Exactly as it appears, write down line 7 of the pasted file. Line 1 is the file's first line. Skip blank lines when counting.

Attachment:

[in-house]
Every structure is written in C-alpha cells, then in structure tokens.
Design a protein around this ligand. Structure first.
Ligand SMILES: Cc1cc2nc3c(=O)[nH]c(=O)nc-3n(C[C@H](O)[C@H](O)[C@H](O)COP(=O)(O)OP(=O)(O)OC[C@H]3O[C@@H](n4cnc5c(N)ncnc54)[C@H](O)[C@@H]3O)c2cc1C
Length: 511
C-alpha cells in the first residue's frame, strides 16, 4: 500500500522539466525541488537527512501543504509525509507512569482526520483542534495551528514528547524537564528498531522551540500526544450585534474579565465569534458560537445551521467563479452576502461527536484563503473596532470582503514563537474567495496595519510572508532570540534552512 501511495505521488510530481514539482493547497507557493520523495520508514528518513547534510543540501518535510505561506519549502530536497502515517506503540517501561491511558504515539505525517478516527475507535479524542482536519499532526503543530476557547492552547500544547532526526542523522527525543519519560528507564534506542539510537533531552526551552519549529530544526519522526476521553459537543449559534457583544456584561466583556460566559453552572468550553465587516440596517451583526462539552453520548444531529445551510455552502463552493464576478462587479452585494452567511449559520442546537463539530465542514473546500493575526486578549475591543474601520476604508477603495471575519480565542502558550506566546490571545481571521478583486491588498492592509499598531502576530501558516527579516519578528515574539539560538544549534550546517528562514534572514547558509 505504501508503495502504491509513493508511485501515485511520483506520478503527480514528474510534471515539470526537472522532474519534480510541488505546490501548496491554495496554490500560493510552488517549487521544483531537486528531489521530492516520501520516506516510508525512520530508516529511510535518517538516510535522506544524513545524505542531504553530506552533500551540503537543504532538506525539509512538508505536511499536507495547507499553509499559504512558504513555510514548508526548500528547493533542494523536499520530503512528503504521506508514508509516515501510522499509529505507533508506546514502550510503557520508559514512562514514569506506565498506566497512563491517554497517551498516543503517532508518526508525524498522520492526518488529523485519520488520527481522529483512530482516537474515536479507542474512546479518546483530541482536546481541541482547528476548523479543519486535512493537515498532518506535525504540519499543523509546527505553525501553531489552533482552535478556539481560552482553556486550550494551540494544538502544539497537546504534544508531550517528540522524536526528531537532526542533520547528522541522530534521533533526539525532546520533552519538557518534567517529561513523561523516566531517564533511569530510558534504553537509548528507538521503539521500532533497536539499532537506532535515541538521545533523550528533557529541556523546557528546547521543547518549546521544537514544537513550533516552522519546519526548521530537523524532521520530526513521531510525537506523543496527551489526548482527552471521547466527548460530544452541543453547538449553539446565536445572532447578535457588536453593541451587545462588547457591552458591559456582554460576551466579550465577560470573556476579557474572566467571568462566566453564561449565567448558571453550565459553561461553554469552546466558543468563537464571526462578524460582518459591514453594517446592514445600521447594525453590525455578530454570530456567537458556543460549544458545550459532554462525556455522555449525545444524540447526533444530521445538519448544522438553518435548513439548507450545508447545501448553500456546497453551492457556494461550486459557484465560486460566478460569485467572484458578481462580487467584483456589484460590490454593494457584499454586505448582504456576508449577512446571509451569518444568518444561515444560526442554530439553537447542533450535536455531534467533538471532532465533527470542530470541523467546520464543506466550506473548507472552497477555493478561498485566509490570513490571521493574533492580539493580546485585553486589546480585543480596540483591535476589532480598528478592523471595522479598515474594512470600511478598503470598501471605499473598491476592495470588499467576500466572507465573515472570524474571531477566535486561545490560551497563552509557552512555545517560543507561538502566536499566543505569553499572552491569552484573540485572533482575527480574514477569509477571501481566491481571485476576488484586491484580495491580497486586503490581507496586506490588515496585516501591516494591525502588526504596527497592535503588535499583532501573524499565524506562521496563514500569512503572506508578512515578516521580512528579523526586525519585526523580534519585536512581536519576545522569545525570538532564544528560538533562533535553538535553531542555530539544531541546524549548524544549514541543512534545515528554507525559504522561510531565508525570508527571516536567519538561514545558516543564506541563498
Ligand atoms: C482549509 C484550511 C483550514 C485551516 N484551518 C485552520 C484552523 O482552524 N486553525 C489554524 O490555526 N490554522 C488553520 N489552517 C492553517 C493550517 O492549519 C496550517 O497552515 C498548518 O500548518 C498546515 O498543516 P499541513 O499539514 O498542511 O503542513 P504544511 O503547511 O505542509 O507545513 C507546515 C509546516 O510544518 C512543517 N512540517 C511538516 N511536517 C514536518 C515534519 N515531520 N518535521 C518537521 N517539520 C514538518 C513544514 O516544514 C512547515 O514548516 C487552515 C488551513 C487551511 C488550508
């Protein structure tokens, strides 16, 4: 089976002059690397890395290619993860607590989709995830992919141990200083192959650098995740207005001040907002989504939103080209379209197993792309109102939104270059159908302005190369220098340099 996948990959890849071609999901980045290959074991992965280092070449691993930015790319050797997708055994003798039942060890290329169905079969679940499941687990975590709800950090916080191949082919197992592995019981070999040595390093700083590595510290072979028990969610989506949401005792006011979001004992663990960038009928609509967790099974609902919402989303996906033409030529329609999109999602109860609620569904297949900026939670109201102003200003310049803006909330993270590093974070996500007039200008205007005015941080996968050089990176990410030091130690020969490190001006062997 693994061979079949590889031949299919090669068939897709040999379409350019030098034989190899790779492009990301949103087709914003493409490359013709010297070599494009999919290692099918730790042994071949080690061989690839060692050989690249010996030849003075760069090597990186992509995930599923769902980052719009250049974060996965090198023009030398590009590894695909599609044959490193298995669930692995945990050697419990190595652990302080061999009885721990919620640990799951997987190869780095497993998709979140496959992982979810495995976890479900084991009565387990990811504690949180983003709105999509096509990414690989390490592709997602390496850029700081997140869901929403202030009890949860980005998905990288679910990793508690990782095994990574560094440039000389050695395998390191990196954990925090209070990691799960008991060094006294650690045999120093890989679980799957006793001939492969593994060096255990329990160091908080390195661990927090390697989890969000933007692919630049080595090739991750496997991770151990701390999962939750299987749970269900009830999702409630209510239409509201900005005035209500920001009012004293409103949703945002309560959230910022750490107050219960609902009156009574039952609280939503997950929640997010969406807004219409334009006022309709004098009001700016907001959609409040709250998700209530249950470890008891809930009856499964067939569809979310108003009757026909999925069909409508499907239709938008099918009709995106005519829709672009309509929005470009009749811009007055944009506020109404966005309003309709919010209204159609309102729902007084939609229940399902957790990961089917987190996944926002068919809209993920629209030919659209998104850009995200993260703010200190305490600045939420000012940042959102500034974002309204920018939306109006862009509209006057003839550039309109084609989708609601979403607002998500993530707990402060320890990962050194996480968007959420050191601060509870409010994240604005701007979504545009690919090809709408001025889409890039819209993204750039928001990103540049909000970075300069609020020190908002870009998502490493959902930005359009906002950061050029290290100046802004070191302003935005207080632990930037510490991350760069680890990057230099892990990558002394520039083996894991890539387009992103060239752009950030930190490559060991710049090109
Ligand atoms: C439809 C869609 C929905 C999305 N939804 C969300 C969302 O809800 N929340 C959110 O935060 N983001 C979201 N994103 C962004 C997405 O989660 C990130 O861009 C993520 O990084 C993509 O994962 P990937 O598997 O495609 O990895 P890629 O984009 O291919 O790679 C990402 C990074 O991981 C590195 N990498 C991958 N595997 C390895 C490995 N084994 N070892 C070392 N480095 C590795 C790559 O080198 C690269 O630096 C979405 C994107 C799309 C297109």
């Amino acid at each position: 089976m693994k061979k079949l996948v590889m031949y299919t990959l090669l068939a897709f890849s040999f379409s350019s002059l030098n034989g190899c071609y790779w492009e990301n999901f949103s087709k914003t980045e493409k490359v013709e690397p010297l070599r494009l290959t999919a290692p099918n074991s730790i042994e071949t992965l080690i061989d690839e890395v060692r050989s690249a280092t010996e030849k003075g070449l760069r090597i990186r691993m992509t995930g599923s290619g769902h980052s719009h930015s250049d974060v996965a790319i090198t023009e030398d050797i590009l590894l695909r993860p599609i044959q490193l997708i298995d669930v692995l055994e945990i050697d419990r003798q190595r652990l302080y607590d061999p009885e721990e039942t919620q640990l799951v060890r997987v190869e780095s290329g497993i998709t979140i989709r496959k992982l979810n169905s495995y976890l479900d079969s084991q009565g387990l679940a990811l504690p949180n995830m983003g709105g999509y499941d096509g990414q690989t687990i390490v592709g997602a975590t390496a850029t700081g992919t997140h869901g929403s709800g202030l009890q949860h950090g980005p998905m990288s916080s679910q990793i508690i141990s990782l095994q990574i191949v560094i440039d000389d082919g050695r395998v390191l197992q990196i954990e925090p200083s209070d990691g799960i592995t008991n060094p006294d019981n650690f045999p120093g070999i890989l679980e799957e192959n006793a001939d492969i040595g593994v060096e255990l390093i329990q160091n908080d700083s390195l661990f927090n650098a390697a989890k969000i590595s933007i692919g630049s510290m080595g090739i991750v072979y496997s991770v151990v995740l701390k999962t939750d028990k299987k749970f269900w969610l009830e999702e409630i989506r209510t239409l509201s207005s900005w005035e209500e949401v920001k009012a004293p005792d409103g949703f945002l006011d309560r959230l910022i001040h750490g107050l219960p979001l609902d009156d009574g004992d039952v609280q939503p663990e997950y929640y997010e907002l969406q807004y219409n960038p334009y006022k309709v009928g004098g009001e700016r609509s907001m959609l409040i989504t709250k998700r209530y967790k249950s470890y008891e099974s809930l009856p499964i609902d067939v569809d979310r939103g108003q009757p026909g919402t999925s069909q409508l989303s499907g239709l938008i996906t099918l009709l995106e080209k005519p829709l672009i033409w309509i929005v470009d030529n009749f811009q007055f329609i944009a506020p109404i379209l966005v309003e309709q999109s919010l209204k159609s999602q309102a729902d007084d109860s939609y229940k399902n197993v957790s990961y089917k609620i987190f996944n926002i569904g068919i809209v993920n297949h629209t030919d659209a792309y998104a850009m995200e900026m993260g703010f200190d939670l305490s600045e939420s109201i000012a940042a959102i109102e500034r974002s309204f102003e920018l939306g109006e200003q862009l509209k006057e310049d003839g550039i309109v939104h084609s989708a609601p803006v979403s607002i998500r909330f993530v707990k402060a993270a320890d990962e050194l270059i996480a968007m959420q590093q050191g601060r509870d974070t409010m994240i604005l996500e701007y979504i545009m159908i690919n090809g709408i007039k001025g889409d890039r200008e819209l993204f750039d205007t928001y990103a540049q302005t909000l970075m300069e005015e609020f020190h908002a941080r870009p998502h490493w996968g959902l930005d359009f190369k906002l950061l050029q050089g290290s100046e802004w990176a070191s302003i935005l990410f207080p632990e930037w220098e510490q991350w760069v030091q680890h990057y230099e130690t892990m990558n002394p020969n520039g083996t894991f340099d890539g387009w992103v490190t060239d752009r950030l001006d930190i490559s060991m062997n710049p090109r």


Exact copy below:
Ligand atoms: C482549509 C484550511 C483550514 C485551516 N484551518 C485552520 C484552523 O482552524 N486553525 C489554524 O490555526 N490554522 C488553520 N489552517 C492553517 C493550517 O492549519 C496550517 O497552515 C498548518 O500548518 C498546515 O498543516 P499541513 O499539514 O498542511 O503542513 P504544511 O503547511 O505542509 O507545513 C507546515 C509546516 O510544518 C512543517 N512540517 C511538516 N511536517 C514536518 C515534519 N515531520 N518535521 C518537521 N517539520 C514538518 C513544514 O516544514 C512547515 O514548516 C487552515 C488551513 C487551511 C488550508